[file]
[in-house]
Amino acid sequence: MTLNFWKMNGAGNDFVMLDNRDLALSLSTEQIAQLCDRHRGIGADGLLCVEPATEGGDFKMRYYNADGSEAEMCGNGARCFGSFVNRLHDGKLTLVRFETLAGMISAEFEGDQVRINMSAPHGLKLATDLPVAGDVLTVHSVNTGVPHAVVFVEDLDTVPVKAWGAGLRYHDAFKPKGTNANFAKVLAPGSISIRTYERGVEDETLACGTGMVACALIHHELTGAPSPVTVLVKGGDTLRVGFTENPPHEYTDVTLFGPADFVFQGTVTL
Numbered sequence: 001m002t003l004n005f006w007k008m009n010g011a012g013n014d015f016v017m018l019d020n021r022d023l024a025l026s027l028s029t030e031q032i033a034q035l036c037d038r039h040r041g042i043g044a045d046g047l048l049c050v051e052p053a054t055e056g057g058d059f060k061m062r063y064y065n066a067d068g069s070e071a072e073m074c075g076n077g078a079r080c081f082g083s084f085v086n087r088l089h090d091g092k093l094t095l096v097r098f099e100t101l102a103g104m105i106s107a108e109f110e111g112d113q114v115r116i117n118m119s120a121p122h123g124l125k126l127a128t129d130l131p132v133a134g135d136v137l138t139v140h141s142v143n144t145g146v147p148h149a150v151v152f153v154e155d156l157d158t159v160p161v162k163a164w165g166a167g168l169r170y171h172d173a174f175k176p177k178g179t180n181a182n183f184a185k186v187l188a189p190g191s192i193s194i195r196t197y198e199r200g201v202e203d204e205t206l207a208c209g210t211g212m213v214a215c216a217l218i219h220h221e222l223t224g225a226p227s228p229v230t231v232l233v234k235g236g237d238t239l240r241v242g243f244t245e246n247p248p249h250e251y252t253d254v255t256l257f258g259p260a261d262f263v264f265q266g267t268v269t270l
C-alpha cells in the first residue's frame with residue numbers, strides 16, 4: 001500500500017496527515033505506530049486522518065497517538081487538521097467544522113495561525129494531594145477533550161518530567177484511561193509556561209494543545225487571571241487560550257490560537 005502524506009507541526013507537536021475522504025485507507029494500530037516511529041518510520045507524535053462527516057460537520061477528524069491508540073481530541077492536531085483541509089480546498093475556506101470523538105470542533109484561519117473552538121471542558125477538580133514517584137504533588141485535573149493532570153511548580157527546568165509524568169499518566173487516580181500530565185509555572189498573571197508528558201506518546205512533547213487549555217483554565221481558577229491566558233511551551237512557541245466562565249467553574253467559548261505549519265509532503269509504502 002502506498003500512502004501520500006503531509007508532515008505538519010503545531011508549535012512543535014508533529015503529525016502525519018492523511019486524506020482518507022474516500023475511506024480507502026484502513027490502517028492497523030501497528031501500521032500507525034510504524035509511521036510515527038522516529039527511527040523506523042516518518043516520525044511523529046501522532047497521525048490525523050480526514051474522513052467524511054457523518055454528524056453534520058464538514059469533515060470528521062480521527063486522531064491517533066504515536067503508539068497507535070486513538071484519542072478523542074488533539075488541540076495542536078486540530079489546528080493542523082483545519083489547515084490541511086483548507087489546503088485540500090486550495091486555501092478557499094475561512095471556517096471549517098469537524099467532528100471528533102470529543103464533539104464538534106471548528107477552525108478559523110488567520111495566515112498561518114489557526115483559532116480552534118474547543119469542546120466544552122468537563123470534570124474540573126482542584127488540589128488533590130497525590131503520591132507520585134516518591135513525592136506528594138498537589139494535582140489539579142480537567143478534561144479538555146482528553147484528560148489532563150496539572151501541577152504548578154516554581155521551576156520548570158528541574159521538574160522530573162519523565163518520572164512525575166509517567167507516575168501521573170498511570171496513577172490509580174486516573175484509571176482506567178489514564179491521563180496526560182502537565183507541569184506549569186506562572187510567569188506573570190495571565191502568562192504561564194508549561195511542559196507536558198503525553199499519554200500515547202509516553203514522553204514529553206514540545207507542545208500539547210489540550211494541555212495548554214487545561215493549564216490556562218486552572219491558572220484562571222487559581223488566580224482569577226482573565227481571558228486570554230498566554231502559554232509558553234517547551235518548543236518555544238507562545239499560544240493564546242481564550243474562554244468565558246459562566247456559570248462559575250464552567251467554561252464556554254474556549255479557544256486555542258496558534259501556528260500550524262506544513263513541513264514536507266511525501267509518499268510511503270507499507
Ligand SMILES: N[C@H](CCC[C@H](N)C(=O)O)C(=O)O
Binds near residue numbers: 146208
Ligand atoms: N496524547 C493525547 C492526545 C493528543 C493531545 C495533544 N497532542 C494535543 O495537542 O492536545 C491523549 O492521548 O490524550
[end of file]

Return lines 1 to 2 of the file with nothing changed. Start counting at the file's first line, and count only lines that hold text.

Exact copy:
[in-house]
Amino acid sequence: MTLNFWKMNGAGNDFVMLDNRDLALSLSTEQIAQLCDRHRGIGADGLLCVEPATEGGDFKMRYYNADGSEAEMCGNGARCFGSFVNRLHDGKLTLVRFETLAGMISAEFEGDQVRINMSAPHGLKLATDLPVAGDVLTVHSVNTGVPHAVVFVEDLDTVPVKAWGAGLRYHDAFKPKGTNANFAKVLAPGSISIRTYERGVEDETLACGTGMVACALIHHELTGAPSPVTVLVKGGDTLRVGFTENPPHEYTDVTLFGPADFVFQGTVTL